By Juan Karita
Monday, December 10, 2007
ORURO, Bolivia, Dec. 9 -- Defying an opposition boycott, Bolivia's constitutional assembly approved a new charter Sunday that would empower the poor South American nation's indigenous majority and let President Evo Morales run for reelection indefinitely.
The new constitution must now be approved by Bolivians in a national referendum. No date has been set for the vote.
Opposition leaders vowed to launch protests and legal challenges, saying the document does not represent all Bolivians.
"This is an authoritarian project that only seeks to perpetuate Morales in power," said Reynaldo Bayard, president of the Civic Committee of Tarija, a state where most leaders oppose Morales.
Supporters say the charter is needed to give Bolivia's indigenous peoples -- about 62 percent of the population -- greater autonomy and control over their traditional lands.
The constitution's approval, 16 months after the popularly elected assembly first convened, was celebrated with fireworks and music by supporters in this pro-Morales stronghold high in the Andes. Morales called the approval a source of "great happiness for the indigenous and popular movement" that "consecrates a peaceful transition."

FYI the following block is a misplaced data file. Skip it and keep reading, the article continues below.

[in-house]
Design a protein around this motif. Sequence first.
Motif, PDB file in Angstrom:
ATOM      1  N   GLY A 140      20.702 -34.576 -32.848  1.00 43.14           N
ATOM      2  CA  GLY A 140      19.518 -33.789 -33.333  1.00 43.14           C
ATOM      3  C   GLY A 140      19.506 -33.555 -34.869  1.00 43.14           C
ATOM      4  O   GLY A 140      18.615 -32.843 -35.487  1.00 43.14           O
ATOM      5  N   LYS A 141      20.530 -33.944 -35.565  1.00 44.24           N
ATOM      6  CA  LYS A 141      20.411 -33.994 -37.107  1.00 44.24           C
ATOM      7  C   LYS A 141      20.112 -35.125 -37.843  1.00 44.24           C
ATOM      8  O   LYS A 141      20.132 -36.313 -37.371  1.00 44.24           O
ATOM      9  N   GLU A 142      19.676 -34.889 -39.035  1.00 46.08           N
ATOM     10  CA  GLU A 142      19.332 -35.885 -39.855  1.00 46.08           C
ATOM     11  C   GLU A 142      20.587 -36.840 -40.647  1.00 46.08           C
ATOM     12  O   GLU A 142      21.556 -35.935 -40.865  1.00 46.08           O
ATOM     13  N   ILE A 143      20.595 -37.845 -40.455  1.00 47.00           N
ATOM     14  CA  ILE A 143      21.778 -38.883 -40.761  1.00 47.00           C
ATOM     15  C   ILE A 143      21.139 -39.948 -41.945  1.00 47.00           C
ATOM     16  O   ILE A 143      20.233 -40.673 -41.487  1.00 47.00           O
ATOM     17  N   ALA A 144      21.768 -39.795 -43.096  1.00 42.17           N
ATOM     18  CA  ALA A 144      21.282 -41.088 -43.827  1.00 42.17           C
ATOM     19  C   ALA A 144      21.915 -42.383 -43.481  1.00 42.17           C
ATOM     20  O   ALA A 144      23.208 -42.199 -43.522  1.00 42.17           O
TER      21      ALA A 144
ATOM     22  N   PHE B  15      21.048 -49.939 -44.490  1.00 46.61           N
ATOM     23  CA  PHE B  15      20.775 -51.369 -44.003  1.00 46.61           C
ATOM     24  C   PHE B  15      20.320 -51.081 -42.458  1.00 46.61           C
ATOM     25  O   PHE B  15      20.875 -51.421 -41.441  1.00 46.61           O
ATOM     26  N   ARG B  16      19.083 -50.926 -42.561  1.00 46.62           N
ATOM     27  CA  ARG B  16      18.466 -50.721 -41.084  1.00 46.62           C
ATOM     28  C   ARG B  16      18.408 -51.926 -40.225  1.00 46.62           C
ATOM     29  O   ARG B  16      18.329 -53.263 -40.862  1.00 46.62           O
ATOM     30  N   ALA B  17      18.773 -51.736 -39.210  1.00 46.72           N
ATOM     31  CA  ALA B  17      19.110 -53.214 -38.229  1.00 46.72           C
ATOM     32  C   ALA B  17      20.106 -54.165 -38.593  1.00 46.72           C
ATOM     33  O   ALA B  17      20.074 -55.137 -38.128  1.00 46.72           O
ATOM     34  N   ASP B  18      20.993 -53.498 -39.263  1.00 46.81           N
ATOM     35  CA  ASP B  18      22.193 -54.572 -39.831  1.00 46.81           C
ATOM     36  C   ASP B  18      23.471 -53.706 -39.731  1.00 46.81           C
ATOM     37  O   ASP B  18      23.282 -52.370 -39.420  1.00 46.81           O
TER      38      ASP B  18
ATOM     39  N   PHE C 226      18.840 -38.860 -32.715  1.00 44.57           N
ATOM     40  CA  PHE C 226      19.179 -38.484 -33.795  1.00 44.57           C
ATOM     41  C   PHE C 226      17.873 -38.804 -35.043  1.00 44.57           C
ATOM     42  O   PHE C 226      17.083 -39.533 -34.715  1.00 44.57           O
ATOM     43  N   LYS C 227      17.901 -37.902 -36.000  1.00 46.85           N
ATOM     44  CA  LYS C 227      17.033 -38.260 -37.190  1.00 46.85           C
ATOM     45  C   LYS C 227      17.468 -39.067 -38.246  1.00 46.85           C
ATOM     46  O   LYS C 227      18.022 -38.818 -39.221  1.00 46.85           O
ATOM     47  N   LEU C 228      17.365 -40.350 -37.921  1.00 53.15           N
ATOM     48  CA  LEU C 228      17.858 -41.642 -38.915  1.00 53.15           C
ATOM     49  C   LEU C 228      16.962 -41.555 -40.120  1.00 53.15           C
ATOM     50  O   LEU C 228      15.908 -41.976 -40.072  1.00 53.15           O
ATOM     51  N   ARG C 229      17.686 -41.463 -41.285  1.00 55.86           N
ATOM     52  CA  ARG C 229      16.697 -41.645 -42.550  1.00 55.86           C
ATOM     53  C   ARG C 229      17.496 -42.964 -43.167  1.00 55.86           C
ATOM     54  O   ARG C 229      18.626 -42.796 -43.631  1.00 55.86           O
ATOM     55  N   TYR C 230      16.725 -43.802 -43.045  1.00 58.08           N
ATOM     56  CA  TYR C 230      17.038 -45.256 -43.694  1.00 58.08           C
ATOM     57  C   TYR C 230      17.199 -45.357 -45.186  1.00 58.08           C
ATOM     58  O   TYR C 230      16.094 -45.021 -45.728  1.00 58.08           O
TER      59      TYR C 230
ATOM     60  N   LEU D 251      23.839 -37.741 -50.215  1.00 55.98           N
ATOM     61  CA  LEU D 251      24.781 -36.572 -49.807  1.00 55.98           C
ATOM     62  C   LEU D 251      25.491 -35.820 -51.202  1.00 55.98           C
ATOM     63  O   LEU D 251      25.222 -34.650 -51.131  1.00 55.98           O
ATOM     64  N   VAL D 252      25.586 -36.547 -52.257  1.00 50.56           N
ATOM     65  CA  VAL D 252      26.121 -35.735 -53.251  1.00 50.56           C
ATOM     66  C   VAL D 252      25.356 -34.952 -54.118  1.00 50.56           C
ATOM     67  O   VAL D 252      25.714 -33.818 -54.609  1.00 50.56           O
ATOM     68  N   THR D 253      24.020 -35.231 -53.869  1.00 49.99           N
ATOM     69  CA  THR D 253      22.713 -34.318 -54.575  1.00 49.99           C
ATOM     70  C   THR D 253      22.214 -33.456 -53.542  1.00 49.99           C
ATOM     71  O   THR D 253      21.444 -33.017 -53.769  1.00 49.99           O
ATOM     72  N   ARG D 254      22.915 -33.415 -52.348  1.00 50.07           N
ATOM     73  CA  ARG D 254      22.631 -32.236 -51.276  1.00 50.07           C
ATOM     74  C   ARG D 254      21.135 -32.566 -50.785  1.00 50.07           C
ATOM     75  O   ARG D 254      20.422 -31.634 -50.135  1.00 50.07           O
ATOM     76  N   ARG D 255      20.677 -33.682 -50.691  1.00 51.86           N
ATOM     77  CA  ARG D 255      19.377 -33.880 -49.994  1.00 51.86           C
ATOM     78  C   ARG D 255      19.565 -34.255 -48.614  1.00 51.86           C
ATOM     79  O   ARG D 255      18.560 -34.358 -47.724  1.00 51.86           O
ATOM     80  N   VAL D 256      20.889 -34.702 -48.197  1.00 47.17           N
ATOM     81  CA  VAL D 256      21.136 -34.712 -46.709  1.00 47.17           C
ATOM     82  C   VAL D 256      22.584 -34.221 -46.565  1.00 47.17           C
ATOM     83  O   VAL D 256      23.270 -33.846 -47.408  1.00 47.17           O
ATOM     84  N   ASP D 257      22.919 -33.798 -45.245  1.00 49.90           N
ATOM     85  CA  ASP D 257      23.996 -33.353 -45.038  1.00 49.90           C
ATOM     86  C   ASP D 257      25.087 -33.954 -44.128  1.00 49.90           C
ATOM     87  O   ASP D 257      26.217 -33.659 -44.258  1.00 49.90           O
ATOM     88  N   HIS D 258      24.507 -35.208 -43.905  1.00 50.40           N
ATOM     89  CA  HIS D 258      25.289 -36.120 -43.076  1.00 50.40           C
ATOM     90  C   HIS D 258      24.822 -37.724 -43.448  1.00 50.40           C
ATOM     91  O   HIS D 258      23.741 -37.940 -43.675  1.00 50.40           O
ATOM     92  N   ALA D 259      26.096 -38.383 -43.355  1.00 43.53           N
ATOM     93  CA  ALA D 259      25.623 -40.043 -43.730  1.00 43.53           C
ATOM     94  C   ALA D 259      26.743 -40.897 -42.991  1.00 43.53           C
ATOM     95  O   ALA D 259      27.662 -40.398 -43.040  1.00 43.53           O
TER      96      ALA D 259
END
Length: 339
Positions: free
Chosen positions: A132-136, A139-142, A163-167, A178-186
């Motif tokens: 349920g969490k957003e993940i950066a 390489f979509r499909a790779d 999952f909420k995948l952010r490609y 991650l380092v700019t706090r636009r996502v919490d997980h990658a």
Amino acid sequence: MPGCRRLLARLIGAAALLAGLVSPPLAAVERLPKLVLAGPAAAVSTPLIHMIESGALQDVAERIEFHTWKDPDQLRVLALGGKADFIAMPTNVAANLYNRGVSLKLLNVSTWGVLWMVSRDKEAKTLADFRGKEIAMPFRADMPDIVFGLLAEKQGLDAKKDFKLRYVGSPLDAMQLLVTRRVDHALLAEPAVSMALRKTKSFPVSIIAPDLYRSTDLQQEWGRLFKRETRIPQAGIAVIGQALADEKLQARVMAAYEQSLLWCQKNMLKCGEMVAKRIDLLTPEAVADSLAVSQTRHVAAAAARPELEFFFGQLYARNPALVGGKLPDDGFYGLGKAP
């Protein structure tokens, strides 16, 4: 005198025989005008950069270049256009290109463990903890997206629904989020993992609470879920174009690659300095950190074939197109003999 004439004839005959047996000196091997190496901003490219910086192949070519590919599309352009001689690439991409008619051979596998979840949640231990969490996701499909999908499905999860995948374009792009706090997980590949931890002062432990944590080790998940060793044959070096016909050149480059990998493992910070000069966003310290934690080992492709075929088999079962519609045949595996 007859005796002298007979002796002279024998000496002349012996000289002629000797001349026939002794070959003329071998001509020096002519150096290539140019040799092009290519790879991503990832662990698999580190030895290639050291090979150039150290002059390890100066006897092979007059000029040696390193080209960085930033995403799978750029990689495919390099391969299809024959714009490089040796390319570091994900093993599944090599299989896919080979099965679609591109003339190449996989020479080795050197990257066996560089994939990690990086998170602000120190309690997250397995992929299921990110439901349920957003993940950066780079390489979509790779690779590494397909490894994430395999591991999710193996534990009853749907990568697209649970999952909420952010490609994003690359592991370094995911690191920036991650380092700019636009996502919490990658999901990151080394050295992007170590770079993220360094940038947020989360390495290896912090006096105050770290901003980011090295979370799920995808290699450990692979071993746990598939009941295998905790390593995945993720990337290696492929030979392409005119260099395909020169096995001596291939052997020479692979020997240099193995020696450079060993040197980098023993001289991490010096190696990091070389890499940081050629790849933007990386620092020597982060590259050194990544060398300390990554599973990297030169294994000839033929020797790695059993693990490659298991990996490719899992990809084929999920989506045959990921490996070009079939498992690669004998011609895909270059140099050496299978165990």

Opposition to the new charter is stiff in the country's low-lying and more prosperous eastern states. Bolivia has been wracked by violent protests against the new constitution in recent weeks, with three people killed in rioting and various hunger strikes launched.
Assembly Vice President Roberto Aguilar said one article failed to garner a two-thirds majority in the body and will have to be approved directly by Bolivian voters. The measure, which would limit the size of individual land holdings to 24,700 acres, has been bitterly opposed by the country's agribusiness.